Newsletter: 13/1/12: Figment Prompts for January 7 — 11
It is said that writing is the loneliest craft, and certainly one can spend hours alone creating it. But I tend to think it is the most social craft as well. In our minds, words sing, words paint and words talk, exposing us to stories that we participate in, contribute to and write down. Writing is lonely to the observer, and it is lonely or perhaps empty, with silence and withdrawal sucked into the emptiness, once we put the piece we are creating away. But it is full of life and flow when we are creating. Writing is, if anything, vital. As we consume it, it also consumes us.
I am writing a key chapter that is deeply steeped in imagery and emotion. It is a challenge to write, or rather a challenge to tighten into sensible passages, but is is also extremely fun to make.
Leopold Stokowski once said, “A painter paints pictures on canvas. … musicians paint their pictures on silence. [And writers paint theirs on inner vision.]”. Each of these expressions reveal and entertain the imagination of the creator and the audience. The story told by each is vivid and multi-sensory. But perhaps more importantly the story experienced is unique to each person and even to the same person at different times. Even a creator when experiencing his own work as an audience experiences a story different from the one he experienced while creating the work. This is the power of craft, art and communication.
As writers, we turn letters into experiences envisioned by the minds of others we never meet. Whether we write poems or stories or both, our canvas is the inner vision of our audience. Of all the arts, our practice has the most abstract and internal canvas. And yet it is the most open to interpretation and flavour, and the most profound in its resonance. Pretty cool.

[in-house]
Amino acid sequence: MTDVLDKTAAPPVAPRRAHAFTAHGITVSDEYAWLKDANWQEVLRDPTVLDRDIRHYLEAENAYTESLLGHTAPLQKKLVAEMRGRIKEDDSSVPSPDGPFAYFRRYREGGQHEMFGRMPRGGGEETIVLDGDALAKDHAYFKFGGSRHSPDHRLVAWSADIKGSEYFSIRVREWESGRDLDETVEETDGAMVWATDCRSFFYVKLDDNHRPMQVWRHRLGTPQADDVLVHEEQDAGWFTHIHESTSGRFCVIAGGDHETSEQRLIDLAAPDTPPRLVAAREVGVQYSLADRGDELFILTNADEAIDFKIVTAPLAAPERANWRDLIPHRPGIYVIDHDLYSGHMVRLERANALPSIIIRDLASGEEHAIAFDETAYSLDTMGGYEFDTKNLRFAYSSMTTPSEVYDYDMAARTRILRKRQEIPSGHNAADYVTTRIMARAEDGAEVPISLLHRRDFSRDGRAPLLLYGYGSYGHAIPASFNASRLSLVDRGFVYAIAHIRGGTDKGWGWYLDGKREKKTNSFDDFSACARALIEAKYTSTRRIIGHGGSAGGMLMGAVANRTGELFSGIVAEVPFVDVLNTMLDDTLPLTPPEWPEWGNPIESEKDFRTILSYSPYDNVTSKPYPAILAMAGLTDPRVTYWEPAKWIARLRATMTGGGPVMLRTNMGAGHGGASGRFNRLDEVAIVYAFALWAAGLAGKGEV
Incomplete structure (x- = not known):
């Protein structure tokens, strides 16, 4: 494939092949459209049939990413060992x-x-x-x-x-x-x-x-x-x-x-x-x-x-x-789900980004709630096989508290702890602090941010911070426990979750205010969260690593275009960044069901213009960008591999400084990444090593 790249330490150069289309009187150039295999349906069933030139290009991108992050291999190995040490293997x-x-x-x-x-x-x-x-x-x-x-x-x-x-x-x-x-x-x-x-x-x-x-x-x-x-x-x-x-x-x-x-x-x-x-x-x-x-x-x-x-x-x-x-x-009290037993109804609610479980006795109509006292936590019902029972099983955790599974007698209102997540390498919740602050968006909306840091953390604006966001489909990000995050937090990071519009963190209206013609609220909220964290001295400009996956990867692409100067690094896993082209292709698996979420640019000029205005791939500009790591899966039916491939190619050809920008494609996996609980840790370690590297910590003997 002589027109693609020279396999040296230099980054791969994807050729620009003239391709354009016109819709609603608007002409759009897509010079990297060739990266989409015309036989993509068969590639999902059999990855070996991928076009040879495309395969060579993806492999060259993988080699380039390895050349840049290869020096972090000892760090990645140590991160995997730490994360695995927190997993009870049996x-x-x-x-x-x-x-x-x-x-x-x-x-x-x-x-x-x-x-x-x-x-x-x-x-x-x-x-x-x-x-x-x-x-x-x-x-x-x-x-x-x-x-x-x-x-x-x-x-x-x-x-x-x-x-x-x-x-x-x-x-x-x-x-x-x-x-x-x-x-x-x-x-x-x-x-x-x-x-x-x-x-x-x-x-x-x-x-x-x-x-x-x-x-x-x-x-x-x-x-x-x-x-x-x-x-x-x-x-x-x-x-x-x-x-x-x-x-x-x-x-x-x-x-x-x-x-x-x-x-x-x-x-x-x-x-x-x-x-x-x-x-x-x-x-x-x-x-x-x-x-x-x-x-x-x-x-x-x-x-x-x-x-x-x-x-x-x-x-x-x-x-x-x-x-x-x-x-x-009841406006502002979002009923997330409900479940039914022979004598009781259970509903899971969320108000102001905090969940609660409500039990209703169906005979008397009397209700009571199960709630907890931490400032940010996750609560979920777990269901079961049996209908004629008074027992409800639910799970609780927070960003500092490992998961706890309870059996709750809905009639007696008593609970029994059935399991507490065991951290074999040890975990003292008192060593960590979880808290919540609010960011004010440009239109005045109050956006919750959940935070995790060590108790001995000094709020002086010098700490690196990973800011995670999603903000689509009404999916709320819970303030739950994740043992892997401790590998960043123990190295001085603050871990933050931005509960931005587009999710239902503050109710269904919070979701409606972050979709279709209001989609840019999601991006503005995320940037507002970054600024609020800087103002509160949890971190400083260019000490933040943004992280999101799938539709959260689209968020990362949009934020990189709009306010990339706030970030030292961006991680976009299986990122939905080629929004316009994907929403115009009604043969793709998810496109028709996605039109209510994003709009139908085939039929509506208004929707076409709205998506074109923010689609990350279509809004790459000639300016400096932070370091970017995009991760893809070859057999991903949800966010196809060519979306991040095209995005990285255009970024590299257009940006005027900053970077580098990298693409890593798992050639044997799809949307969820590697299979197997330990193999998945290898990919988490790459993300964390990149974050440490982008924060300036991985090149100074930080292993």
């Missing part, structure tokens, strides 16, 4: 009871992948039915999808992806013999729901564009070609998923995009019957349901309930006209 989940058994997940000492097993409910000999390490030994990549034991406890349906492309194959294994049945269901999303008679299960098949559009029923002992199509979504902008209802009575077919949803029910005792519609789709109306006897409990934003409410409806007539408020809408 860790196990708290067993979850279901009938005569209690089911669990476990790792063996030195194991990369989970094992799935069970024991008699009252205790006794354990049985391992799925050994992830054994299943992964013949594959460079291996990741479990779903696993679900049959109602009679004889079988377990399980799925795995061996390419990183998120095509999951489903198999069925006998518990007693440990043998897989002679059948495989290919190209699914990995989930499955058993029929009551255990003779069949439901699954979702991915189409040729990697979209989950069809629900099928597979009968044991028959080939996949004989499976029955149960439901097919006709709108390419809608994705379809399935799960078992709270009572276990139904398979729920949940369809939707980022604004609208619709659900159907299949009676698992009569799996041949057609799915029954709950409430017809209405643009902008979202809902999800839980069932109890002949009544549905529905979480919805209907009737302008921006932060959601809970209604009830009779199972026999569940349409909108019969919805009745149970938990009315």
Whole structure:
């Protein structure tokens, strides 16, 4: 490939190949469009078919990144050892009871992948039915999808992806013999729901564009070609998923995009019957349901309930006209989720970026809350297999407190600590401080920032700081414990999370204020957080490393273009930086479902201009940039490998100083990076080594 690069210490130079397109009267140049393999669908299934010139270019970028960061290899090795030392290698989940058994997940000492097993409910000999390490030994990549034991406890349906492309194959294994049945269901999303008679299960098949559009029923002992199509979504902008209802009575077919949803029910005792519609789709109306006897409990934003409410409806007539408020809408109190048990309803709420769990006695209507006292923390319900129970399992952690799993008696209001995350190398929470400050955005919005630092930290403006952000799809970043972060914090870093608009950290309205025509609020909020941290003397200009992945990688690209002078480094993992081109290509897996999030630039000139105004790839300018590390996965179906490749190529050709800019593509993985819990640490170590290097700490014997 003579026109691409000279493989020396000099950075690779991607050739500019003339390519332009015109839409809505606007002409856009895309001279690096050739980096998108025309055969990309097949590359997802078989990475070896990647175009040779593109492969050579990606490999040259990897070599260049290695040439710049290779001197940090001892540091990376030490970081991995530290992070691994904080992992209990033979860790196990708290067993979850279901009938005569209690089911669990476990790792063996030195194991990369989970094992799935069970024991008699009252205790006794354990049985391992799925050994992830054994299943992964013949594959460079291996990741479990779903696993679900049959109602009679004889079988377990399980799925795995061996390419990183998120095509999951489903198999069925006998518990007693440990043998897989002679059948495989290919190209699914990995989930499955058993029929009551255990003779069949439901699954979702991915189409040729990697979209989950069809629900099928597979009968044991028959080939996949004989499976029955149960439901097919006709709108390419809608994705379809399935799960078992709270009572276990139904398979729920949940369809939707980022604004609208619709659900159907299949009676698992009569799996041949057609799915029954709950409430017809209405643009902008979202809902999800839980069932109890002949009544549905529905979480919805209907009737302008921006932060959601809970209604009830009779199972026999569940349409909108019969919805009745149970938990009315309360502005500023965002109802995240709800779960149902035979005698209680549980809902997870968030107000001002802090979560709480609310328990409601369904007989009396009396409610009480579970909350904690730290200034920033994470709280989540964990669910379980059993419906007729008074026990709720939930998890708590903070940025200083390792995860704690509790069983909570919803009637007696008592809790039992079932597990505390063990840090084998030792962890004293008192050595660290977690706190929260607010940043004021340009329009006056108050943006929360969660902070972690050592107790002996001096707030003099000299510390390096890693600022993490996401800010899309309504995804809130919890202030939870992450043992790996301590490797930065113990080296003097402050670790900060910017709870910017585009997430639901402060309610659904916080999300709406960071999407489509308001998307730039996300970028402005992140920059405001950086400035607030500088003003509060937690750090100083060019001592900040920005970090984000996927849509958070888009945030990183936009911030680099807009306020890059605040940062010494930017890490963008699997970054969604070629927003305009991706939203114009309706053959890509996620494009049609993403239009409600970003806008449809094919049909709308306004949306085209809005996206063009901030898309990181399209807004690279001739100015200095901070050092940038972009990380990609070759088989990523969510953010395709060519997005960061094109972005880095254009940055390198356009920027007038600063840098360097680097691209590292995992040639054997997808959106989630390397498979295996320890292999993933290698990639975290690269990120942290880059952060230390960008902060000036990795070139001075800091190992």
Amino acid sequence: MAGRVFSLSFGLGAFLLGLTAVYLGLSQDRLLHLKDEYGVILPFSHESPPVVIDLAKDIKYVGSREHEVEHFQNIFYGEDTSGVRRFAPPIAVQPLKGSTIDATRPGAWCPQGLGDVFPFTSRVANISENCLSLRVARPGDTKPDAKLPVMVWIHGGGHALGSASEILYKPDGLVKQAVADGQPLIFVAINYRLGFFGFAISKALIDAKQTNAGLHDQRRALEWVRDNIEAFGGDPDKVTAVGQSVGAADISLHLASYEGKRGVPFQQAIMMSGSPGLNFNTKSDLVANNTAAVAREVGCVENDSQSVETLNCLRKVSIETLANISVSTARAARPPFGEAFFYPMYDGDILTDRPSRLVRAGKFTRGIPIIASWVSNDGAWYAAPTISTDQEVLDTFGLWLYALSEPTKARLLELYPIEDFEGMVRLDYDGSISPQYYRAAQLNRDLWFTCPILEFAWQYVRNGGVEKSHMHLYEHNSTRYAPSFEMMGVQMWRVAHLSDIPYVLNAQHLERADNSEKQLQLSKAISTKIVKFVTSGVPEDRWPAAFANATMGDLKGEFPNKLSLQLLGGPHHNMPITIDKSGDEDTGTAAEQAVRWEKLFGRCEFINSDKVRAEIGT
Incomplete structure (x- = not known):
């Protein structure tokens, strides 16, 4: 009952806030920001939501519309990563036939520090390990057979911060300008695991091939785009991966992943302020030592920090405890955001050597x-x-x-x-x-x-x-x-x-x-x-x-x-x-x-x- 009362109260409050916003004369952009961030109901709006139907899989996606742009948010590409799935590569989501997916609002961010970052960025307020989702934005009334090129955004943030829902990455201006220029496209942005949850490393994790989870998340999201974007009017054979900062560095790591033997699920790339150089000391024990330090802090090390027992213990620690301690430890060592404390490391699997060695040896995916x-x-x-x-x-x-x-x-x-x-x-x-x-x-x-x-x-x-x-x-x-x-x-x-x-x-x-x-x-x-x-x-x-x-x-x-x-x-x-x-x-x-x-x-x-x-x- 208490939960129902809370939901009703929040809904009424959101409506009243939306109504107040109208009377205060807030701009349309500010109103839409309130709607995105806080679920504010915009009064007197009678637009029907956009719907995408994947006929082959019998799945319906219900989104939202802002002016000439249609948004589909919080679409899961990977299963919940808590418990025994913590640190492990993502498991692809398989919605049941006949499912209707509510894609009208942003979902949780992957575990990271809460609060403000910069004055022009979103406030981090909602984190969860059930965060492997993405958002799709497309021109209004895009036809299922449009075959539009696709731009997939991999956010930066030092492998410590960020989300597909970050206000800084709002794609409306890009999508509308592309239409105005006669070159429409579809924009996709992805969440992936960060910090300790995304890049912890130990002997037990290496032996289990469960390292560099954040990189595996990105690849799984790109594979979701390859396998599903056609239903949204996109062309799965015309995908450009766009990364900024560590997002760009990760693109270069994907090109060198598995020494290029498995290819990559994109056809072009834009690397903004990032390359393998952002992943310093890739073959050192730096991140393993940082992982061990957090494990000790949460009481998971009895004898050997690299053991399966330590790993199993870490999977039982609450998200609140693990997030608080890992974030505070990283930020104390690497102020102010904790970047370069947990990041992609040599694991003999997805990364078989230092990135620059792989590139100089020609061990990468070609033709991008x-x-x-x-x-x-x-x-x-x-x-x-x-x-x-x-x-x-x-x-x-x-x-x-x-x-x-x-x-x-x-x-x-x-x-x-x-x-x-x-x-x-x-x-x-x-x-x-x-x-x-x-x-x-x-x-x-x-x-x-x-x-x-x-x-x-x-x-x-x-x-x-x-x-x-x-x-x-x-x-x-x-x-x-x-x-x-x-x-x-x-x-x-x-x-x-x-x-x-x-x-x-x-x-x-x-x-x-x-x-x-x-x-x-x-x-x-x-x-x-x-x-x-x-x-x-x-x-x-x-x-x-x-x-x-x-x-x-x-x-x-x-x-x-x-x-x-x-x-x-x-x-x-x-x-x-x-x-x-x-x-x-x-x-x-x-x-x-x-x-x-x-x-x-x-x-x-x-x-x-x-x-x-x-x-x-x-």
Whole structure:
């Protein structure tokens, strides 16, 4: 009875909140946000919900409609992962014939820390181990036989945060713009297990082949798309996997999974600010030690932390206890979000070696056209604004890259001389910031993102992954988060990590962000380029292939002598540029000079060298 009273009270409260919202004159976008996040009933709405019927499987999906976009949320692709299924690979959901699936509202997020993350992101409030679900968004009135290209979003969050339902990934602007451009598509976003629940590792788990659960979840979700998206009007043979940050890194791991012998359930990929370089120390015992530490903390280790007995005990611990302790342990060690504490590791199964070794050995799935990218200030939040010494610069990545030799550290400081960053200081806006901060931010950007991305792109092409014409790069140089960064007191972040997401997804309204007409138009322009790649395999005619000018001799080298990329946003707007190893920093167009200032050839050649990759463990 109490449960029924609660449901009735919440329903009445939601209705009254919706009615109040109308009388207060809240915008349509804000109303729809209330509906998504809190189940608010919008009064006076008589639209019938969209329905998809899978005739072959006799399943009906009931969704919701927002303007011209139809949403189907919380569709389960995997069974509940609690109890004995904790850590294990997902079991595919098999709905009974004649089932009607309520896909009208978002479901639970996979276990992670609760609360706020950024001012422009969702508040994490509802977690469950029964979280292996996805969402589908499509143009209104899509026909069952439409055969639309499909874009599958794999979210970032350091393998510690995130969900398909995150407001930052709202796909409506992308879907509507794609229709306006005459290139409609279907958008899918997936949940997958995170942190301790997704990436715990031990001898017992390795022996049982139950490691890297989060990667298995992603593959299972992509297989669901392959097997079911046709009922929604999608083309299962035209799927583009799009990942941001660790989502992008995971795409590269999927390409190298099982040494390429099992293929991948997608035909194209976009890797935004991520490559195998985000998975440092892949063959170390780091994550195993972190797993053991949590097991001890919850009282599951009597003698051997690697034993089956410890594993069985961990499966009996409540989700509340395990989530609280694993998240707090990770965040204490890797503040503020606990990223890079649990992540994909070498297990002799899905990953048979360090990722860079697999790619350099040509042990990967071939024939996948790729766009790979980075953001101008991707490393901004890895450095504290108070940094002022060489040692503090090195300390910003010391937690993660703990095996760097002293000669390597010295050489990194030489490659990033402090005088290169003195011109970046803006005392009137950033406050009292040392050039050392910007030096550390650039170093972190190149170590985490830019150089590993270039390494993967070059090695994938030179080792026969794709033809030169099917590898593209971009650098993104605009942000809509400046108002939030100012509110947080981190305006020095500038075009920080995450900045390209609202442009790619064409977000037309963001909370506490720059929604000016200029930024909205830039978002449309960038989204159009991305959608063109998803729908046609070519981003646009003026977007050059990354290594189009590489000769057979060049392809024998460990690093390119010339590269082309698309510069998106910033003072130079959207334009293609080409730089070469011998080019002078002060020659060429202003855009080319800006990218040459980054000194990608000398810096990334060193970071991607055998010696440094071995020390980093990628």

Just something to think about as you consider this week’s Figment prompts.
This week, Figment asks us to delve into our imaginations and express what we experience. How do you describe an emotion? How do you do so without naming or telling it? How do you do so using concrete nouns as the main descriptors? How do you resonate an emotion in your readers’ minds, so that years after reading your story (and poem) the most striking feature of it is still your expression of that emotion? How does the context of the emotion enrich it? How do you incorporate emotion into the content of your work? How do your characters express mounting emotion? How do they suppress it? If you are writing a poem with no living things in it, who are your characters? What colour or sense, dynamic or feel does an emotion convey? Enjoy.
I hope you have fun with these prompts. If you attended our meeting on Wednesday, how would you incorporate emotion into your prompt from then?
Our next Write Group meeting is Wednesday, February 6.